So how does a setter achieve this Utopia?  I don't know.  I suppose we are all biased by our own knowledge.  If I know it then so should everyone else.  Obviously not true but I suspect it's a trap we all fall into.  To judge by your feedback we obviously failed last week and we obviously failed to fulfil Albert Park's requirements by quite a margin for which I am genuinely sorry.  And yet we laboured over it and genuinely felt that it was diverse and achievable.  It was deliberately "quirky" I grant you, but in most cases the quirkiness was in the form of asides that did not actually influence the toughness of the question and were merely meant to lighten the occasion.  Your Plato/Aristotle criticism is, on reflection, valid.  I tried to revive an old chestnut by dressing it up and it didn't work.  It does sound whimsical as you said (or even "crap" as you probably meant) though in fairness the Geneva Convention clearly states that the setter shall not be held responsible for the acoustics of the quiz venue.

Here is how we arrived at some of the questions.  Follow us for a moment into the canyons of our minds. Pull up an armchair - there's plenty of space - and tell us what you think:

  1. Make a question hard but compensate by putting extra information into the question to make it more guessable.  For example, what is the capital of the Republic of Ireland would be a boring question (too easy even for Kieran's lot!).  What is Dublin's most famous shopping street is too hard for most.  OK, so ask them which British PM this street is named after.  So now you may still not know the answer but at least you are able to use other bits of your knowledge to help you make an educated guess.  The PM must have been before Irish independence - Dublin is largely a Georgian city so the PM probably comes from that era.  It is still not easy but at least your team now have a fighting chance of scoring.  Maybe not a "perfect question" but it sure beats the Weakest Link's "what B. is the capital of Northern Ireland?"

  2. I love Round Britain Quiz on Radio 4 and I try to make questions up and use their cryptic formula and phraseology.  For example, Q15 from the paper in question (14/01/04) with the answer of Palatine.  I sense that our cryptic questions get up people's noses but I think this is unfair.  Being cryptic is not the same as being quirky.  The setter has every right to "tease" you and to make you approach the question from a different angle.   Stumped are (rightly) lauded for their cryptic crossword questions.  Why is it any less correct to encrypt the question without actually using a crossword formula.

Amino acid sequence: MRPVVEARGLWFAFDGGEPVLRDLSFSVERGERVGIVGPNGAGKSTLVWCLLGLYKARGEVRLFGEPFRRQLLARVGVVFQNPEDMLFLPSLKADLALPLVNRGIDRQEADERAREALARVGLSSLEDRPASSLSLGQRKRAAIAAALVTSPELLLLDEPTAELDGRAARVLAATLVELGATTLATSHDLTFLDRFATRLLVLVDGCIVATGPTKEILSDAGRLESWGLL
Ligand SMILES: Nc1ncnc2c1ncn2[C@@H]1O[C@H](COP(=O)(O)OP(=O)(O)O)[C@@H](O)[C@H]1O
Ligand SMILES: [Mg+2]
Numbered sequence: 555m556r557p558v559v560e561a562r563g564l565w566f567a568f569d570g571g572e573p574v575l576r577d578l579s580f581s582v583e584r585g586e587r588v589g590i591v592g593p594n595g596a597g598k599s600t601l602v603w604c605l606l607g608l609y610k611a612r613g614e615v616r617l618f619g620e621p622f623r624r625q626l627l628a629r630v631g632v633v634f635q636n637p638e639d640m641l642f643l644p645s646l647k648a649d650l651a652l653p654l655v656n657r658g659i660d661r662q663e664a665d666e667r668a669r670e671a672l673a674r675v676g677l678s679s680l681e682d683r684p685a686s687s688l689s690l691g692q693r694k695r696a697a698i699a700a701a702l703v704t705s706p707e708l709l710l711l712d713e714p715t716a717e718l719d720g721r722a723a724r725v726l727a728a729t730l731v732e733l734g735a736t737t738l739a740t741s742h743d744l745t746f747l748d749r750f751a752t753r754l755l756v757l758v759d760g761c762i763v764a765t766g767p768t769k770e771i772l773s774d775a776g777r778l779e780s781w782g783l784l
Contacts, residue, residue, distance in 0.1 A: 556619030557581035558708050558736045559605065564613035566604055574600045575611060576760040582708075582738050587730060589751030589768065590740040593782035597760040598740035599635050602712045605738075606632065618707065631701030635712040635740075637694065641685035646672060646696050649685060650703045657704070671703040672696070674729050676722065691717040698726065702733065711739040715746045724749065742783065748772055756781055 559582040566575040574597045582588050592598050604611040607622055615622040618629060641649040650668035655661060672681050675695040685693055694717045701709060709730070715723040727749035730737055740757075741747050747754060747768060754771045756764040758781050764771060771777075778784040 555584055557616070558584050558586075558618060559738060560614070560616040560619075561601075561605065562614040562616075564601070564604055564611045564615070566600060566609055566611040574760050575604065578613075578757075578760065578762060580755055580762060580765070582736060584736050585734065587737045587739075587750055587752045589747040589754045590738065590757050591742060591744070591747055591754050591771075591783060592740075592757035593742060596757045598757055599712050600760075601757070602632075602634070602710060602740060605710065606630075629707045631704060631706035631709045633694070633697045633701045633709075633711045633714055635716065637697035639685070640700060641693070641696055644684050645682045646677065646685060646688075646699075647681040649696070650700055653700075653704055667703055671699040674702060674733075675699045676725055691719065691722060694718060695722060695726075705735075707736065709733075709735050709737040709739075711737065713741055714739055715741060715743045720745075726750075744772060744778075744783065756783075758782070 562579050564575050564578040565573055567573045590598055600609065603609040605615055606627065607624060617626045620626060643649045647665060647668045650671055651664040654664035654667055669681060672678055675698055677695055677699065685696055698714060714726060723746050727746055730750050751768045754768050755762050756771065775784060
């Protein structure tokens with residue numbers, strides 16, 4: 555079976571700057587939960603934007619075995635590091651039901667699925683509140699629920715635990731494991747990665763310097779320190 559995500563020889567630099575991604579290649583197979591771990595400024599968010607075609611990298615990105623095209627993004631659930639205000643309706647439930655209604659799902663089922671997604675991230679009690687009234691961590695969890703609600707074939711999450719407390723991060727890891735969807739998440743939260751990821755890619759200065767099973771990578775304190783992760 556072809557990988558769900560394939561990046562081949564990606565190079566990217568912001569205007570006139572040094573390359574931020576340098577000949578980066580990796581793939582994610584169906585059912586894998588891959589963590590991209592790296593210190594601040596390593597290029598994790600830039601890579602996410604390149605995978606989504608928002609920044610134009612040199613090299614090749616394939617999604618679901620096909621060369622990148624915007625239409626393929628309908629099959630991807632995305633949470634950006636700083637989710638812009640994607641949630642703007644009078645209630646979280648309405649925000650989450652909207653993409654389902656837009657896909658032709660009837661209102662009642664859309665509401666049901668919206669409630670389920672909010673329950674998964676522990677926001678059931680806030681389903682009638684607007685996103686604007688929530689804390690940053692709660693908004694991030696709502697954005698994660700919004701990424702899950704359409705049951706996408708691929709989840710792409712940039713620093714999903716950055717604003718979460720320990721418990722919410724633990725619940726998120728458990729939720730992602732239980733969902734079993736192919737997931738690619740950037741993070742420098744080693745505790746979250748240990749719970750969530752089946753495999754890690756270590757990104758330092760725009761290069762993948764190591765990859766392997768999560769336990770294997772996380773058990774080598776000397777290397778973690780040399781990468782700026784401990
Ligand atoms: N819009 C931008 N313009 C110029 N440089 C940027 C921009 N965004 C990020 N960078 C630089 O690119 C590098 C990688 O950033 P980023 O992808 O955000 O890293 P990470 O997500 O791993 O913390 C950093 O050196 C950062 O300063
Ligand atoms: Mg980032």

3. Take an old chestnut and extrapolate on it.  I got so fed up being asked to name the city served by Dyce airport that I actually got to thinking "who is this Dyce bugger?".  So I looked him up and Q37 (14/01/04) was thus spawned.  I agree this is a very hard question but the phrase "one of Aberdeen's most famous sons" might just serve to ring an old chestnut bell from the dim and distant past.  And if it doesn't at least you have learned something.  Though you'll probably stagger home wishing that Aberdeen had called their airport after Denis bloody Law.

Have to go now 'cos Fr. M. is stirring.  Oh dear!  I should never have let him eat that boiled turnip before he went to bed.

Can we have a debate on quiz-setting please all you priests out there in cyberspace.  Some time ago Gary urged you all to use the website more.  Now is your chance to give Mike some relief (steady, Ethel!) and better still, to knock Fr. M. off his pulpit.  It's a shame we don't have a judge in the league and then we could have a definitive ruling on legal and illegal quiz-setting and how to punish offenders.

I won't be in Manchester for the quiz on Wed. 21st. January but please don't make it too easy, Dummy.  (Don't be intimidated by Bath, he's not as brutal as he looks).

Incidentally the answer to the Weakest Link question above is, of course, Belmopan.



Comments on the Perfect Quiz Paper (Part 2) (written by Mike Bath January 19th 2004)


Excellent note.  Worthy of Aristotle or even Plato.

I, too, love Round Britain Quiz and have even been known to listen to past editions on my computer via the internet.

The whole idea of approaching a question from two different directions, giving the questionee the chance to work out the answer to something fairly obscure, fills me with delight.  Indeed it's how I learn.  The converse, that is to be challenged to remember things that I used to know but, due to old age, or just disinterest, I have forgotten doesn't excite (other than the possible instant triumph of gaining 2 points).  It's like the difference between a good meal at The Lime Tree and a quick burger at McDonalds.  One lasts and can be relished for some time.  The other pleasure fades within minutes and just leaves an emptiness.

However..... many of our good friends and Wednesday drinking colleagues have a different view of life.